Archive for September 7th, 2011

Worrying food imports

Post Source: Dawn Economic and Business Review

By Ahmad Fraz Khan

 

The country’s entire food planning is revolving around the above-mentioned crops with wheat overshadowing all others by hogging additional acreage and eating into areas of almost all other crops. - File photo

 

 

 

 

 

PAKISTAN’S food import bill keeps rising and is a matter of serious concern. According to the provisional data of the State Bank of Pakistan for July, the food import bill rose by 28 per cent to $445 million from $345 million in July 2010.

While none of the items included in the import list is something that cannot be produced in the country, (given its ecological endowments), commodities like sugar and pulses cannot, under any circumstances, be justified. To make the matter look even worse, milk and milk-products are also imported on a large scale despite the nation being the sixth largest producer in the world. The list of imports only reflects policy failure.

The economy can hardly afford this kind of imports. The government needs to contain import bill and increase exports. For this, it has to keep pace with world realities, which has moved to hybrid and super-hybrid regimes breaking new grounds in production levels and crop diversification to ensure domestic food security and earn foreign exchange.

Unfortunately,Pakistanis still stuck up with basic cereals (wheat, rice and maize) and legumes (lintel, gram, mash etc), and that too with decades old seeds and agricultural practices. The world, however, is leapfrogging technologies, and, resultantly, agricultural practices. The ground realities in the food market are also changing fast. The country’s entire food planning is revolving around the above-mentioned crops with wheat overshadowing all others by hogging additional acreage and eating into areas of almost all other crops.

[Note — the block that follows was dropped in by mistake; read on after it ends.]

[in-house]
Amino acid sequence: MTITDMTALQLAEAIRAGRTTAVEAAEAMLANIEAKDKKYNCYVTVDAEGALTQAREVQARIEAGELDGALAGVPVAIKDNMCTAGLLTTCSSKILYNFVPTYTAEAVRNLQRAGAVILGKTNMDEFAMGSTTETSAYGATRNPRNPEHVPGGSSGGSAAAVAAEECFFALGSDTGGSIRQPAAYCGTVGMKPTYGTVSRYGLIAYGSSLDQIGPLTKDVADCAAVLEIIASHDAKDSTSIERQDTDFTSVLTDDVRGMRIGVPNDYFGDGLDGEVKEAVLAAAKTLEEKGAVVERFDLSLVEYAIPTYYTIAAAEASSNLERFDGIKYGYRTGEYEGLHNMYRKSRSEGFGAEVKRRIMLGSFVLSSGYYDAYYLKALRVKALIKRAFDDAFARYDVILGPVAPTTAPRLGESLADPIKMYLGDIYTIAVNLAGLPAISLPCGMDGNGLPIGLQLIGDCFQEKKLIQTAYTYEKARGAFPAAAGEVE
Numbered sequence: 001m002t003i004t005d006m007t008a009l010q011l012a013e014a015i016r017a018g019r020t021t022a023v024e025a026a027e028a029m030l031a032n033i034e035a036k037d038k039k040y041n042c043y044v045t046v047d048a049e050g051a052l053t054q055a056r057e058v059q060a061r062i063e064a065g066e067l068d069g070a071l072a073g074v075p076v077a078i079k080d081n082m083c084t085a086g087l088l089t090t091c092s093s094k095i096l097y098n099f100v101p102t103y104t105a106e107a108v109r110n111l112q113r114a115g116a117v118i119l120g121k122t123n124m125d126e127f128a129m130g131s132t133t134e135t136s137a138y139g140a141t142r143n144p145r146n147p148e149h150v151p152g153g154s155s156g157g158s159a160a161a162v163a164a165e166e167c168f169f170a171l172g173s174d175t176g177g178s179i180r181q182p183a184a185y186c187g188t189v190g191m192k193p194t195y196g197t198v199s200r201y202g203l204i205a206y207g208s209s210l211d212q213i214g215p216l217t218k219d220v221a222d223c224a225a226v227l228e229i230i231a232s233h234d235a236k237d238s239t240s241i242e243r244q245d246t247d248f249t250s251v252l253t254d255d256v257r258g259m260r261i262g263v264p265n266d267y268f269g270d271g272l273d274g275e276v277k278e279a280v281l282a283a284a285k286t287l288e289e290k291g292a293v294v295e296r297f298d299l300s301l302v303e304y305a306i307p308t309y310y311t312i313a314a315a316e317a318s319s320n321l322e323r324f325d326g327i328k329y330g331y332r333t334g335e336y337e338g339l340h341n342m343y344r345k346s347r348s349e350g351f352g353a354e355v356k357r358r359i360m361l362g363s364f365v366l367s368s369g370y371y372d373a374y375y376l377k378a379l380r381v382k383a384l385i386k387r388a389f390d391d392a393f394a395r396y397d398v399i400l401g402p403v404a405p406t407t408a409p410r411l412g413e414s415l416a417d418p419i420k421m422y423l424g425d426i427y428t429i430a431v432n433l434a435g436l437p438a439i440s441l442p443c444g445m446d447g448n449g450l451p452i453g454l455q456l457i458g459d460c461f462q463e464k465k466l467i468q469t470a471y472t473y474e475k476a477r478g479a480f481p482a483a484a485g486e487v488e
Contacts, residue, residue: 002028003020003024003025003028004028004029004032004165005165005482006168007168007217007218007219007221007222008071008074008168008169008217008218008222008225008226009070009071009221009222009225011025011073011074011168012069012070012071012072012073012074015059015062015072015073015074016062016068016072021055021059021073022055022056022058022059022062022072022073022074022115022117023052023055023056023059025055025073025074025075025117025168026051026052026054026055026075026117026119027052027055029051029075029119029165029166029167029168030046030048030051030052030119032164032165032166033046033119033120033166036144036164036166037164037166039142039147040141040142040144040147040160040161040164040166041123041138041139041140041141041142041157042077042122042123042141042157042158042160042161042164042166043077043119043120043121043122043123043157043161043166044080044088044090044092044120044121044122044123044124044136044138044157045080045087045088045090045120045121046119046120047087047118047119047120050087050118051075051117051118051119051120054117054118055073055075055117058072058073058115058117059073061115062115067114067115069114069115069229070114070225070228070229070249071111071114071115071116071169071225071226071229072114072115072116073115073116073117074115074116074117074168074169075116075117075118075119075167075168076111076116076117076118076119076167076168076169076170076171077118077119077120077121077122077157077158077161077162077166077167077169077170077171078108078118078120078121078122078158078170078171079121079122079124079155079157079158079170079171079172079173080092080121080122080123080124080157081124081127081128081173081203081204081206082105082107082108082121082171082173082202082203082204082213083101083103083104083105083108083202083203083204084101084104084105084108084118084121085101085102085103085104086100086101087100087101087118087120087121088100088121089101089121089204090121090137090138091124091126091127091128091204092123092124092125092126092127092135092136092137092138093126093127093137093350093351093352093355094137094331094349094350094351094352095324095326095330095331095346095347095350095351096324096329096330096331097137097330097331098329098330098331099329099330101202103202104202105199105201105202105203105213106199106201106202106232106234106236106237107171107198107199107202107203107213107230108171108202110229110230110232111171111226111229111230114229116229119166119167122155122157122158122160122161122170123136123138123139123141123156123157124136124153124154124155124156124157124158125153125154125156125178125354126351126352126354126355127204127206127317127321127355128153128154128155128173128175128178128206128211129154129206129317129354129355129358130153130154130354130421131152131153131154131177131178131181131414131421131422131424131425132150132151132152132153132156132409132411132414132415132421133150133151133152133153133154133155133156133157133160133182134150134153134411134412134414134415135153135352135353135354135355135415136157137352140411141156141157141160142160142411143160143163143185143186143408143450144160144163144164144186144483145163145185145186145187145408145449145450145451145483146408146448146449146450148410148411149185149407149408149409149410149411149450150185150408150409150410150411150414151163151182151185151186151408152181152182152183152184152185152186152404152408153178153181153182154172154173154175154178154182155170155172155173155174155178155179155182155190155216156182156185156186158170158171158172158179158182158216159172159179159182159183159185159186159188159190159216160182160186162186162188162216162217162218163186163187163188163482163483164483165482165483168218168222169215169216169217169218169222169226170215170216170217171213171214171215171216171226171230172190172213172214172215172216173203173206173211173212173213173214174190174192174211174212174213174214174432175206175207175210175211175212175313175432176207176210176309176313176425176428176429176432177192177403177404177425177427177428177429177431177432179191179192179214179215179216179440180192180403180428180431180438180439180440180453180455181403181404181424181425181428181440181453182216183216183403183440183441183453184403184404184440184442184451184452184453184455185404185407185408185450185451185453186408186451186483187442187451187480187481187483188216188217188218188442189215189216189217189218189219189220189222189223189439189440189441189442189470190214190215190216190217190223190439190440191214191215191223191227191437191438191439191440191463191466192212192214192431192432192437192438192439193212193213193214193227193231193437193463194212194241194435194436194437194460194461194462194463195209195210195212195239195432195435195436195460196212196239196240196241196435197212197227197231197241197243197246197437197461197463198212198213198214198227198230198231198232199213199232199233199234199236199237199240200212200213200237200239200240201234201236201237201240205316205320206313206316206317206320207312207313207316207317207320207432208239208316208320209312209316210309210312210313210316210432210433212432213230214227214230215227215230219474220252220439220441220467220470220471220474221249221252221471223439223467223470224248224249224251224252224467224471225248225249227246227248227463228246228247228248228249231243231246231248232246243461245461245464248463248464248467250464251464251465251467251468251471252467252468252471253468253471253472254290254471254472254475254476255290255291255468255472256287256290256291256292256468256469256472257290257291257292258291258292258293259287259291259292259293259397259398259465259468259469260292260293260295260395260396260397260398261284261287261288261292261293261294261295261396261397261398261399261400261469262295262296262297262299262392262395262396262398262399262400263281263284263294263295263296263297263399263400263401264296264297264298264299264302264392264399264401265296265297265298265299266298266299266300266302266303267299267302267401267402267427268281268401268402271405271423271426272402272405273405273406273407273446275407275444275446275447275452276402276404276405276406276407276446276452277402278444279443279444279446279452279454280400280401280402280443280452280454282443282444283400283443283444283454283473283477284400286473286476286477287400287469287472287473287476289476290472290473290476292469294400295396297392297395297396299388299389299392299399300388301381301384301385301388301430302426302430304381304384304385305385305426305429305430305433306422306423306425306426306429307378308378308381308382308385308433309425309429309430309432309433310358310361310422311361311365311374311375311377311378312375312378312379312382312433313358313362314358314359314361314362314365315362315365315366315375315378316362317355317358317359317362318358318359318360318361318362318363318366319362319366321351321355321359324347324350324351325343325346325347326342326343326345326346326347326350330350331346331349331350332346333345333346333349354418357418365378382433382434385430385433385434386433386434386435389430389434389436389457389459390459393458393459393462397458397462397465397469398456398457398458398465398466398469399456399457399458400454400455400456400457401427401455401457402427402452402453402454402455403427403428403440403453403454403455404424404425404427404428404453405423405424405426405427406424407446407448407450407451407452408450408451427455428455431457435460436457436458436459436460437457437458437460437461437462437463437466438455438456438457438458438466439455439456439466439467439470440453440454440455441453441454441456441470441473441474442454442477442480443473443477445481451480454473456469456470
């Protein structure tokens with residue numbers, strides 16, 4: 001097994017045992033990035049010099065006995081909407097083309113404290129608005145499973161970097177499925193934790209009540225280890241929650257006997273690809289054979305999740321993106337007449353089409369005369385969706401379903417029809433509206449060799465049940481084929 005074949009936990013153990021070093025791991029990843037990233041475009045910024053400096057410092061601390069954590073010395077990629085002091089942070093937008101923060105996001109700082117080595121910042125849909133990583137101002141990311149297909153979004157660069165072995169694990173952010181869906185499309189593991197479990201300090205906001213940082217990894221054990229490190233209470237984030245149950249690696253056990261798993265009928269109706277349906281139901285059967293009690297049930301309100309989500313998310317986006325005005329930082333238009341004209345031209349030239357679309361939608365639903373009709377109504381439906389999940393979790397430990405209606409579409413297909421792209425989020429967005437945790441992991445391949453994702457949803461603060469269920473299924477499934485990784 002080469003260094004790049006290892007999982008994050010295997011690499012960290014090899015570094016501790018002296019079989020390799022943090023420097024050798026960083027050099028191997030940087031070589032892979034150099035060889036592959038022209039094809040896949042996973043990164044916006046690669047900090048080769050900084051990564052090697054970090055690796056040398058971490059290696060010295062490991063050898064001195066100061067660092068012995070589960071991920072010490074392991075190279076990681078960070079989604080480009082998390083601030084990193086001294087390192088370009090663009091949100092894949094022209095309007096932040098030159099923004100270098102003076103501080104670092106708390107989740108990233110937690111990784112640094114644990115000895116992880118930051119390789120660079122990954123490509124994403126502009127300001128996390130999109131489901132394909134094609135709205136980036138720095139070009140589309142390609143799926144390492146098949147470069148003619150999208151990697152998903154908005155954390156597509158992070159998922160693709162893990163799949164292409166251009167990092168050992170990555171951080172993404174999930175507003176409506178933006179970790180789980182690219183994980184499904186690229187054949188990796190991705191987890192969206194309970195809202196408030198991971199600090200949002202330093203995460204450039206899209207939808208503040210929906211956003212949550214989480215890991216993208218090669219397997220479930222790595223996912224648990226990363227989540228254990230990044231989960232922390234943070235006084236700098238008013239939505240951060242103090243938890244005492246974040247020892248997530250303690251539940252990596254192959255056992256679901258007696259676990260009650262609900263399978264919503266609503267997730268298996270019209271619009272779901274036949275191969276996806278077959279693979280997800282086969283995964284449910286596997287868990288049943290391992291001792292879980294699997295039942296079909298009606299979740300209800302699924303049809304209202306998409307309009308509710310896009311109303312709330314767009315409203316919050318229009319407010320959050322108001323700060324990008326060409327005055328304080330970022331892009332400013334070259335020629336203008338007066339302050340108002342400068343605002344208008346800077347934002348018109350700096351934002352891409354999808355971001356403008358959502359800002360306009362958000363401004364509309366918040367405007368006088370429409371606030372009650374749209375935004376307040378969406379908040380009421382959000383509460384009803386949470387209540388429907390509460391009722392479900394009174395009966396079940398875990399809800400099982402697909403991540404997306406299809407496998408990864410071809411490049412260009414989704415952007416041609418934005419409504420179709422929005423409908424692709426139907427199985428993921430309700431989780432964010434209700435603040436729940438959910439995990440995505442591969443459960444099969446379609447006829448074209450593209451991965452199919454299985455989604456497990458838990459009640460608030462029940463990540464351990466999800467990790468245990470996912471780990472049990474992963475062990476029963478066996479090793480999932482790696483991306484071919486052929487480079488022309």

The country has not been able to exploit its wheat potential and diversifying its usage despite domestic and international pressures. The world andPakistan’s major urban markets are undergoing a change. In the country, many people, who, till recently, used to consume maize, sorghum and millet along with wheat for bread (roti), are now narrowing their taste down to wheat alone. On the other hand, the affluent younger generation has moved to pizza, pasta, spaghettis and macaronis.

However, the country’s flour milling industry is still sticking with four traditional lines — flour, fine-flour, white flour and semolina — that are meant for preparing three or four kinds of bread and a few bakery items. A wide range of the middle and rich income groups’ preferential food items are being imported along with their ingredients. The developed world is getting at least 35 lines of wheat with different blending to meet its domestic and export requirements for what is known as junk food.

Pakistani wheat is second to none, and one can produce almost all kinds of products with right technology and awareness.

WhyPakistanis not moving into that direction?

It would take an enabling environment and right kind of policy framework to maximise wheat gains. To begin with, the country essentially needs trading surplus of wheat to cater to all kinds of flour markets abroad.

For that, it must try to break new grounds in the wheat seed sector. Better seeds are needed to increase per acre yield and bring down production cost.

As always, cost of production determines commercial viability of export. It is only then that the government can attract the industry in investing in new technology that can produce new lines of flour to meet new domestic and international markets’ demand.

For doing that, it has to go for high-yielding hybrids. All the seeds being used are either loosing their vitality or have become susceptible to diseases and pests. Unless a new variety, and such varieties are available in the world, is introduced, the country cannot fully exploit wheat marketing and production potential.

This year, with right kind of incentives and policies,Pakistanhad exported fine-flour to countries likeAustralia. There are few exporters, who are also exporting macaronis to world market. Their experience can form basis of national policy and experiment.

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